- Review Price: £984.00
Intel may have taken its time to deliver its dual-core Xeon processors to market but they have had a major impact on the server market. This is particularly evident at the entry level as you can now pick up a reasonably powerful system at a very tempting price. Dell’s new PowerEdge SC440 is a prime example as the system on review came equipped with the latest 2.4GHz dual-core Xeon 3060, some good storage prospects and a price tag the right side of four figures.
Dell’s build quality is particularly good as the SC440 is enclosed in a solid steel shell which is the same as that employed by the higher-end PowerEdge SC1430. There’s room at the front for a pair of 5.25in devices and the price includes an IDE DVD-ROM drive. The system doesn’t have any PS/2 ports but does come as standard with the appropriate keyboard and mouse. To access the interior a large lever at the back is pushed forward which pops the side panel out for easy removal. The lever itself can be padlocked shut to protect against wandering fingers.
Everything looks neat and tidy inside and it’s clear Dell has been working hard on reducing noise pollution. This is particularly important for small offices as the server is likely to be sitting next to someone’s desk. The processor is positioned plumb in the centre and covered by an enormous sculpted heatsink which is partnered by a 12cm diameter cooling fan. The 3000 Series Xeons are based on Intel’s Core technology so have a reduced power requirement and heat output which enables fans to be set to run slower. Combine all these features together as you have a server that barely whispers.
The motherboard is built around Intel’s 3000 chipset which is aimed squarely at the entry-level server market. It supports single socket systems but can handle Pentium D and Celeron D as well as Intel’s 3000 series processors and Dell currently offers the SC440 with all of these options. It supports four DIMM sockets and up to 8GB of DDR2 memory with the review system equipped with a decent 2GB of 533MHz memory. Storage options are good as the motherboard sports a quartet of SATA interfaces. However, these are unemployed on the review system, which came equipped with Dell’s SAS 5i/R RAID controller occupying the PCI-e 8X expansion slot.
With this in the mix you have a number of options as SAS technology enables you to mix and match SAS and SATA disks on the same controller. For us, Dell opted to go for capacity over performance and supplied a pair of 160GB Seagate Barracuda SATA drives but you can choose from three capacities of higher performance 10K SAS drives instead. Either way, the server is only designed to take two hard disks so your RAID options are limited to stripes or mirrors. The drives themselves are easy enough to access as they are fitted in cold swap carriers in the base of the chassis.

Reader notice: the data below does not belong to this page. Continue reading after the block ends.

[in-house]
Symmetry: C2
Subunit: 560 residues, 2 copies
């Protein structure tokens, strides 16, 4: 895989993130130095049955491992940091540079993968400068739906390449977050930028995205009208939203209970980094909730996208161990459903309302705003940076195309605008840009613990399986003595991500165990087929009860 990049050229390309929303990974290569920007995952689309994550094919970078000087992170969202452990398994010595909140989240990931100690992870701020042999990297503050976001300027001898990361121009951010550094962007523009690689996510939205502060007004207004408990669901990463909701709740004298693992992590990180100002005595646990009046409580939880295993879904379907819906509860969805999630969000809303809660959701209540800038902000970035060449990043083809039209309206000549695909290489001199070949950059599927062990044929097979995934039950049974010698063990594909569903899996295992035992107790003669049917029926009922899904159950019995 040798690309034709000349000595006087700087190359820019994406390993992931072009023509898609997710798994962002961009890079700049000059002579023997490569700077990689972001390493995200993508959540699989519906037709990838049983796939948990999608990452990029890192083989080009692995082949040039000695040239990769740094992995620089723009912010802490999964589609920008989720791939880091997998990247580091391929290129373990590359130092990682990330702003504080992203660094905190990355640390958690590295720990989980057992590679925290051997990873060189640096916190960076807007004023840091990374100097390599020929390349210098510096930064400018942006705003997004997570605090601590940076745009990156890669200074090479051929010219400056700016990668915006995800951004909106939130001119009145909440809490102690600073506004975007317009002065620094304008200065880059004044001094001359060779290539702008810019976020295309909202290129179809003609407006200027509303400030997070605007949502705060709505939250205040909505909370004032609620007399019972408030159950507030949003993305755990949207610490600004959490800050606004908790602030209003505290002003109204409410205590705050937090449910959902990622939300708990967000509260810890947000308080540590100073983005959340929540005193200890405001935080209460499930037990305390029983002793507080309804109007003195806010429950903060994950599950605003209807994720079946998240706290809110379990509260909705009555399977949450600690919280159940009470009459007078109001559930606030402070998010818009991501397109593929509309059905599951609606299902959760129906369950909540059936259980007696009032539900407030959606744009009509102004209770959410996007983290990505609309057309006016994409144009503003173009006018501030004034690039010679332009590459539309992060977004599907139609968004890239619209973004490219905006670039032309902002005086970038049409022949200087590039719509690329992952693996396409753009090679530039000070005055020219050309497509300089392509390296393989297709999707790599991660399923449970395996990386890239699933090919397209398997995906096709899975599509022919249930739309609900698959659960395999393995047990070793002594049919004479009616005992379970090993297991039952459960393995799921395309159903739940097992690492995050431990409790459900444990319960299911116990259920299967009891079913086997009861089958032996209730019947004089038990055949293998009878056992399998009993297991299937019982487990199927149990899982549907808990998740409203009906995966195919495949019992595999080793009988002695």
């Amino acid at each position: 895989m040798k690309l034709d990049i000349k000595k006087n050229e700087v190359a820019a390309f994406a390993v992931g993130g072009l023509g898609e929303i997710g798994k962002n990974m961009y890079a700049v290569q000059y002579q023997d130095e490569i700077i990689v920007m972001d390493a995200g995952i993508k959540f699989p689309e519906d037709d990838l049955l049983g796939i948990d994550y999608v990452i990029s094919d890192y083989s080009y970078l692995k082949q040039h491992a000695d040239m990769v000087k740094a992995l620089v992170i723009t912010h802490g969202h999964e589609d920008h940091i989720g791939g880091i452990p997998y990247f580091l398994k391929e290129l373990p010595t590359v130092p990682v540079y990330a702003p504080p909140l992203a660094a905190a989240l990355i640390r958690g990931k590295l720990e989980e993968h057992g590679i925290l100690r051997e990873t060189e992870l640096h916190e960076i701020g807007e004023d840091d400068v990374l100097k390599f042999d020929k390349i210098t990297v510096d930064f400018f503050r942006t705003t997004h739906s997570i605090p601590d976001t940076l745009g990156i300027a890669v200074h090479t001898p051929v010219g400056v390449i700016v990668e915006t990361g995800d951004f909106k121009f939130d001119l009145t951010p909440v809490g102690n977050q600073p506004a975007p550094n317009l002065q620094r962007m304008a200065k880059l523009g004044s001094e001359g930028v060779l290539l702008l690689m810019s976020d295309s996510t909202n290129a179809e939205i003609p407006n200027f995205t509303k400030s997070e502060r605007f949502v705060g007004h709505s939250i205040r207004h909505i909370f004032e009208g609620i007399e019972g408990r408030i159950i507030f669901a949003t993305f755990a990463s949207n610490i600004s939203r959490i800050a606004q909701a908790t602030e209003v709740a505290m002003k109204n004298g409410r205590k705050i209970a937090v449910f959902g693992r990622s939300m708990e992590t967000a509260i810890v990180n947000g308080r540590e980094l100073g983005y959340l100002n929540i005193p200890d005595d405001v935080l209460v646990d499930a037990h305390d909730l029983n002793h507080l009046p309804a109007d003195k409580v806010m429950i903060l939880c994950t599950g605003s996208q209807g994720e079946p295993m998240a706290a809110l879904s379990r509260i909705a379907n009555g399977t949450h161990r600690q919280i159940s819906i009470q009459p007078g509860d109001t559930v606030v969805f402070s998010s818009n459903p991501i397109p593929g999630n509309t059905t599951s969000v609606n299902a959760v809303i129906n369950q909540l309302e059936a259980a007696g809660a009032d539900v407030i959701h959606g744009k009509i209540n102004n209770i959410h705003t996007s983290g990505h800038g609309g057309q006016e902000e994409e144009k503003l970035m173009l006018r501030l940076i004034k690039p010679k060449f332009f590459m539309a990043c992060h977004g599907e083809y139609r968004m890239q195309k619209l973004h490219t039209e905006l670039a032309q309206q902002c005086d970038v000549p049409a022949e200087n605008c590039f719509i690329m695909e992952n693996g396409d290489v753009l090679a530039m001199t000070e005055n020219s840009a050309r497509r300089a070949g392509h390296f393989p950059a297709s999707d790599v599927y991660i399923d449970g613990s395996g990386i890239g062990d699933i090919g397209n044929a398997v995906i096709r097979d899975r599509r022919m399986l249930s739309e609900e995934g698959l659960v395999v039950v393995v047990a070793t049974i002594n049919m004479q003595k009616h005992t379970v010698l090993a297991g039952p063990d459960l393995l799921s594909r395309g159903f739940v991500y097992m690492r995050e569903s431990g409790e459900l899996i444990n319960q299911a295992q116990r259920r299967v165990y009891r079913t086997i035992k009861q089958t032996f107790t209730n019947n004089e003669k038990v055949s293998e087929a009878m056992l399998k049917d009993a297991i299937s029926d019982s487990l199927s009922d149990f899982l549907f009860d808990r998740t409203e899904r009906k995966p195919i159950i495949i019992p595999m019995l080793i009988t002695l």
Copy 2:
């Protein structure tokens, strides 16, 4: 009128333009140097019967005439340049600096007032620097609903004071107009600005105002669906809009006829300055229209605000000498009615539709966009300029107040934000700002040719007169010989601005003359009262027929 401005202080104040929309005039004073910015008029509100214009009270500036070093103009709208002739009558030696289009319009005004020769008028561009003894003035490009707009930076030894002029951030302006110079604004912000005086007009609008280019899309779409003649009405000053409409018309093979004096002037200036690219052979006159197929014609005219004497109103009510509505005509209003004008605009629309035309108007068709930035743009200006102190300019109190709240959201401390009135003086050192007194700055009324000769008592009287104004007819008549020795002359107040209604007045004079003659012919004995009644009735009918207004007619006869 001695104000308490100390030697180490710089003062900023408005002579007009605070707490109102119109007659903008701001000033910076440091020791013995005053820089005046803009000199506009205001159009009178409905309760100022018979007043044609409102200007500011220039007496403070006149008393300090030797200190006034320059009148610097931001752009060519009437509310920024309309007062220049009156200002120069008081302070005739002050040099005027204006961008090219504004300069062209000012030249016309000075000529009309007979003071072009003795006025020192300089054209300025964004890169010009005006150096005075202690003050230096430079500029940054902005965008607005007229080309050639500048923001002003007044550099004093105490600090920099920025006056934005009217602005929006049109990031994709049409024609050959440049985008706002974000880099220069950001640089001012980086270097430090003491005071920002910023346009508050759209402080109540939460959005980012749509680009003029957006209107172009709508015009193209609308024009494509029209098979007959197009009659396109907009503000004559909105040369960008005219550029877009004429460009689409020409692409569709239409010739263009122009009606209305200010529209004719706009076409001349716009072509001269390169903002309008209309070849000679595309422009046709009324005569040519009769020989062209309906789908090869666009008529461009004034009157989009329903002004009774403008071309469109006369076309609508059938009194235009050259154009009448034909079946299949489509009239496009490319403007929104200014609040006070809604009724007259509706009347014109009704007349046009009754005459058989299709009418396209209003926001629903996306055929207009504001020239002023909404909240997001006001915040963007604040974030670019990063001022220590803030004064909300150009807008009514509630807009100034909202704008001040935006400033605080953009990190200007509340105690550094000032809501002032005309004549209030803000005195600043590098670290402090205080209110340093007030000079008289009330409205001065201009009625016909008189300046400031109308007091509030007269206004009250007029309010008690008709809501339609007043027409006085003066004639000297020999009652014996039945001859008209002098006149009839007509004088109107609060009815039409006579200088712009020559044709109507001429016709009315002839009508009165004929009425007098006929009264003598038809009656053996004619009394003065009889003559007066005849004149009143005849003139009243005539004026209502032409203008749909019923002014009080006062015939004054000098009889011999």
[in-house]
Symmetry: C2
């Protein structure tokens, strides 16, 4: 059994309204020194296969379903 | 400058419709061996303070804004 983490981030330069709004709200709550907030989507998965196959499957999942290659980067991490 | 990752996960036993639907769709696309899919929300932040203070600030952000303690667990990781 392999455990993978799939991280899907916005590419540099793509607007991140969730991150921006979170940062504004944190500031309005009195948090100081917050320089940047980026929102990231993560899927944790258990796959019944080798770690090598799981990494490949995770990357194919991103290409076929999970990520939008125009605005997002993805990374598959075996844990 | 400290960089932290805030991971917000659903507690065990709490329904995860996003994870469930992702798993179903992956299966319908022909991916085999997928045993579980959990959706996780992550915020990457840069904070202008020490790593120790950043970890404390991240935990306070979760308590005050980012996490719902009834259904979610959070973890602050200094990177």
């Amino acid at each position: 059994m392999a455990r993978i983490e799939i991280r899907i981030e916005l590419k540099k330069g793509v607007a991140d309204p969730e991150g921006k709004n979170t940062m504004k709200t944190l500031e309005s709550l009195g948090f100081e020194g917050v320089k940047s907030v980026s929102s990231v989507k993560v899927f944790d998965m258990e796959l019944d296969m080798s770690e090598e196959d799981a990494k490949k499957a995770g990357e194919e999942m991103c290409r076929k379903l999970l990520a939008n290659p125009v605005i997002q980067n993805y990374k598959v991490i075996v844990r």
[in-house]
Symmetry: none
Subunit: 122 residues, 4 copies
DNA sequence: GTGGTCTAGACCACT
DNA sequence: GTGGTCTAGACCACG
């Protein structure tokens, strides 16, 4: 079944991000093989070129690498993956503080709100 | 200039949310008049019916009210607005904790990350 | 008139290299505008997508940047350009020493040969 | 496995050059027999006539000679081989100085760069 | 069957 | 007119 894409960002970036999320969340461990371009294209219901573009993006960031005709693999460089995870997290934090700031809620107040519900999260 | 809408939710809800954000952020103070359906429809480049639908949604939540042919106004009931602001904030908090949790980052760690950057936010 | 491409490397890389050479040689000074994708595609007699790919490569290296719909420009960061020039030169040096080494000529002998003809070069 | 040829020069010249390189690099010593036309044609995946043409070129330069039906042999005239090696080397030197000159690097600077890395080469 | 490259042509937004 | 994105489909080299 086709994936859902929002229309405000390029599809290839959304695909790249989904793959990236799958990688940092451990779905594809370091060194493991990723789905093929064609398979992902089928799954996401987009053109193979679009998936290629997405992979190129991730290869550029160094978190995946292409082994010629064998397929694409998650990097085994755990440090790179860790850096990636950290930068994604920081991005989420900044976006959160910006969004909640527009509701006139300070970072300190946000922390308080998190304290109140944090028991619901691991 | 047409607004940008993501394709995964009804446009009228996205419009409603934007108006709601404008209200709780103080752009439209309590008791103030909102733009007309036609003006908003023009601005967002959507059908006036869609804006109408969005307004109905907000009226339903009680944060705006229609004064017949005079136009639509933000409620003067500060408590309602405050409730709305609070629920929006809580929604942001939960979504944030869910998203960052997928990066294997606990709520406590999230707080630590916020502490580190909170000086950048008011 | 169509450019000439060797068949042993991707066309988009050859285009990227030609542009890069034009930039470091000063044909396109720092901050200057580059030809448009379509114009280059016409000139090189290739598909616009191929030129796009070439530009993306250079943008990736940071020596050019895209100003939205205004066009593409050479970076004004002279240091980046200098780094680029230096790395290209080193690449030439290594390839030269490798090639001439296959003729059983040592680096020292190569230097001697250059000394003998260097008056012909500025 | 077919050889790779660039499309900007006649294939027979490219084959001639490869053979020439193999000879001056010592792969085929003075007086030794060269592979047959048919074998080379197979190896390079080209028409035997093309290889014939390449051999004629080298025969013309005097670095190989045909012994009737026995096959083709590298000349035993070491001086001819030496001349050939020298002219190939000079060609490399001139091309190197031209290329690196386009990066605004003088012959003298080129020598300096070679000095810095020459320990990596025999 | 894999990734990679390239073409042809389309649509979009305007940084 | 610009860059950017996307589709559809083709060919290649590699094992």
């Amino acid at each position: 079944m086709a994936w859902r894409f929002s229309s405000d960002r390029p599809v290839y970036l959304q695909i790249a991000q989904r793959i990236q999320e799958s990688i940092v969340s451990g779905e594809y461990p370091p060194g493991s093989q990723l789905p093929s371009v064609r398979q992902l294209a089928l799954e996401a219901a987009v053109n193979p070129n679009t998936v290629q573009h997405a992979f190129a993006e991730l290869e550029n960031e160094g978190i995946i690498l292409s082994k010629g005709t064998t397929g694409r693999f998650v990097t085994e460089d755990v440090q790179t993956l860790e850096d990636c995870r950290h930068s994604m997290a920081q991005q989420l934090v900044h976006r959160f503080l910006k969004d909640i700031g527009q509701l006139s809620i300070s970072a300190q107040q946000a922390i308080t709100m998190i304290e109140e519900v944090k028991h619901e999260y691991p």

Backup is an important consideration but Dell doesn’t offer anything exciting in the tape drive department. For around £354 you can get an internal DAT72 drive that comes with a SCSI controller thrown in or an IDE Travan 40 drive for an extra £230. The DAT72 drive bundle looks good value although a paltry 3.2MB/sec transfer rate is pedestrian at best. We would recommend avoiding the Travan drive as its 2MB/sec transfer rate is one of the slowest in the industry and whilst the cartridges are extremely sturdy they are amongst the most expensive in terms of cost per Gigabyte. The server has some spare SATA interfaces so you may want to consider Sony’s AIT-1 Turbo drives which don’t cost a lot more and offer much higher backup speeds and storage capacities.
The target market for the SC440 is unlikely to require any remote server management facilities so Dell doesn’t include its full OpenManage software suite. All you get is its Server Assistant which comes supplied on a bootable CD-ROM and provides help with running diagnostics and OS installation. For the latter the Server Setup utility takes you through loading either Windows Server 2003 variants or Red Hat or SUSE Linux. For Windows it’ll provide access to the RAID controller configuration, offer to set up a system partition and then get on with checking the system, loading the required drivers and running an unattended installation. The System Tools option enables you to prepare your hard disks and create a separate partition for storing the system utilities.
Windows tools are also sparse, as although the RAID card is based on an LSI Logic SAS1068 chip you get LSI’s Window’s management utility included from where you can monitor the status of physical and logical drives and view a simple event log.
A well specified entry-level server that is solidly designed and built and is as quiet as a mouse. The price for the review system includes a RAID controller card and a speedy dual-core Xeon processor making it a good choice for small businesses on a tight budget looking for their first server
The Server Assistant CD-ROM for the SC440 only provides drivers and a couple of diagnostic utilities.
The RAID card can be viewed using LSI Logic’s basic Windows management interface.
The Windows diagnostics tool can run a wide range of tests on the server’s hardware components.
Score in detail